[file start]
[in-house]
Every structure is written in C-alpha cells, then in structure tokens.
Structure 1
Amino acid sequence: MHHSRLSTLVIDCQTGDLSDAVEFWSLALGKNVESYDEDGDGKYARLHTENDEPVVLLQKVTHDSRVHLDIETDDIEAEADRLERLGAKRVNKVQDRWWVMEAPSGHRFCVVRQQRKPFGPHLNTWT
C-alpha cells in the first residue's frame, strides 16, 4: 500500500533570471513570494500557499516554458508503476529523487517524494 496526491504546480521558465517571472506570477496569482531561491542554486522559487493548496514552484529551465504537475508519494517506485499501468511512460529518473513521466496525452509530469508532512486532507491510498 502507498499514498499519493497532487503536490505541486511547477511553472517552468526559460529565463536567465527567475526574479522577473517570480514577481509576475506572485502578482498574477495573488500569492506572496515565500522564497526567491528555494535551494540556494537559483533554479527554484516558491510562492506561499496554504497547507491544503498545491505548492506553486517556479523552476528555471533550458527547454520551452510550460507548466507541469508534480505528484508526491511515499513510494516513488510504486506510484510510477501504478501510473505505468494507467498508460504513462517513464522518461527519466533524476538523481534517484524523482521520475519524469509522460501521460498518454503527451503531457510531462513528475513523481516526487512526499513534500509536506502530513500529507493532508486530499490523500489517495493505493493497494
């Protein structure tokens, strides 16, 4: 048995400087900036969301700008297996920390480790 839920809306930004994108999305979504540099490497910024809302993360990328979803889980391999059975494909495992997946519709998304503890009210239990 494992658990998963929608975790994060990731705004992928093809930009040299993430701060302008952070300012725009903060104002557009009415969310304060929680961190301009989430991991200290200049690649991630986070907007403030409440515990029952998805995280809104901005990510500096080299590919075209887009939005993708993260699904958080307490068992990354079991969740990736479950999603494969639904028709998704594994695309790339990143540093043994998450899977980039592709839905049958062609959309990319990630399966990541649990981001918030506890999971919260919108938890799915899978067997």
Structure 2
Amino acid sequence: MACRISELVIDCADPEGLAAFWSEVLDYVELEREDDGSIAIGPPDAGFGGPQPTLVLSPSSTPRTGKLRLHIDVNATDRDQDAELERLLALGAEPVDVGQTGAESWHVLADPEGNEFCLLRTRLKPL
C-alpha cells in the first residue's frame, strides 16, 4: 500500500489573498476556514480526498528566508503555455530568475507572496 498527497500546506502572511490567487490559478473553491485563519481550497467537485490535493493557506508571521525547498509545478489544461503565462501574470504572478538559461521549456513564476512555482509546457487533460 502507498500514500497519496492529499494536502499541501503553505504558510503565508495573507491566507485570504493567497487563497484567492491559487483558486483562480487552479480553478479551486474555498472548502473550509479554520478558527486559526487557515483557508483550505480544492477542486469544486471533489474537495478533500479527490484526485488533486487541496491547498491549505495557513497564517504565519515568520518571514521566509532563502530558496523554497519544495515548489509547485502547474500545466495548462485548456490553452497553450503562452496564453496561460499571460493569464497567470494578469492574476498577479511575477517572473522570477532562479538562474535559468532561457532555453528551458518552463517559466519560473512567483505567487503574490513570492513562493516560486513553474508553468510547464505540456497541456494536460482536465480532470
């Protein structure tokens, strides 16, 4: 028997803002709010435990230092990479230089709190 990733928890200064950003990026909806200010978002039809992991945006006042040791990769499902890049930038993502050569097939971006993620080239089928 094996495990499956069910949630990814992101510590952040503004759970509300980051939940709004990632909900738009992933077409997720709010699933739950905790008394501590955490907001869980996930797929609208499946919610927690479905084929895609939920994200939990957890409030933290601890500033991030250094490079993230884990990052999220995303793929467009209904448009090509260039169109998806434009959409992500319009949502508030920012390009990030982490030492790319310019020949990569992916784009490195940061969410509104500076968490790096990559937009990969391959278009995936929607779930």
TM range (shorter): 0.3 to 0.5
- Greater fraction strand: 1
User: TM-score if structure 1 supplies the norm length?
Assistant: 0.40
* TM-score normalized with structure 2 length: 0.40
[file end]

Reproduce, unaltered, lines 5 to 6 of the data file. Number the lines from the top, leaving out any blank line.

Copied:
C-alpha cells in the first residue's frame, strides 16, 4: 500500500533570471513570494500557499516554458508503476529523487517524494 496526491504546480521558465517571472506570477496569482531561491542554486522559487493548496514552484529551465504537475508519494517506485499501468511512460529518473513521466496525452509530469508532512486532507491510498 502507498499514498499519493497532487503536490505541486511547477511553472517552468526559460529565463536567465527567475526574479522577473517570480514577481509576475506572485502578482498574477495573488500569492506572496515565500522564497526567491528555494535551494540556494537559483533554479527554484516558491510562492506561499496554504497547507491544503498545491505548492506553486517556479523552476528555471533550458527547454520551452510550460507548466507541469508534480505528484508526491511515499513510494516513488510504486506510484510510477501504478501510473505505468494507467498508460504513462517513464522518461527519466533524476538523481534517484524523482521520475519524469509522460501521460498518454503527451503531457510531462513528475513523481516526487512526499513534500509536506502530513500529507493532508486530499490523500489517495493505493493497494
């Protein structure tokens, strides 16, 4: 048995400087900036969301700008297996920390480790 839920809306930004994108999305979504540099490497910024809302993360990328979803889980391999059975494909495992997946519709998304503890009210239990 494992658990998963929608975790994060990731705004992928093809930009040299993430701060302008952070300012725009903060104002557009009415969310304060929680961190301009989430991991200290200049690649991630986070907007403030409440515990029952998805995280809104901005990510500096080299590919075209887009939005993708993260699904958080307490068992990354079991969740990736479950999603494969639904028709998704594994695309790339990143540093043994998450899977980039592709839905049958062609959309990319990630399966990541649990981001918030506890999971919260919108938890799915899978067997």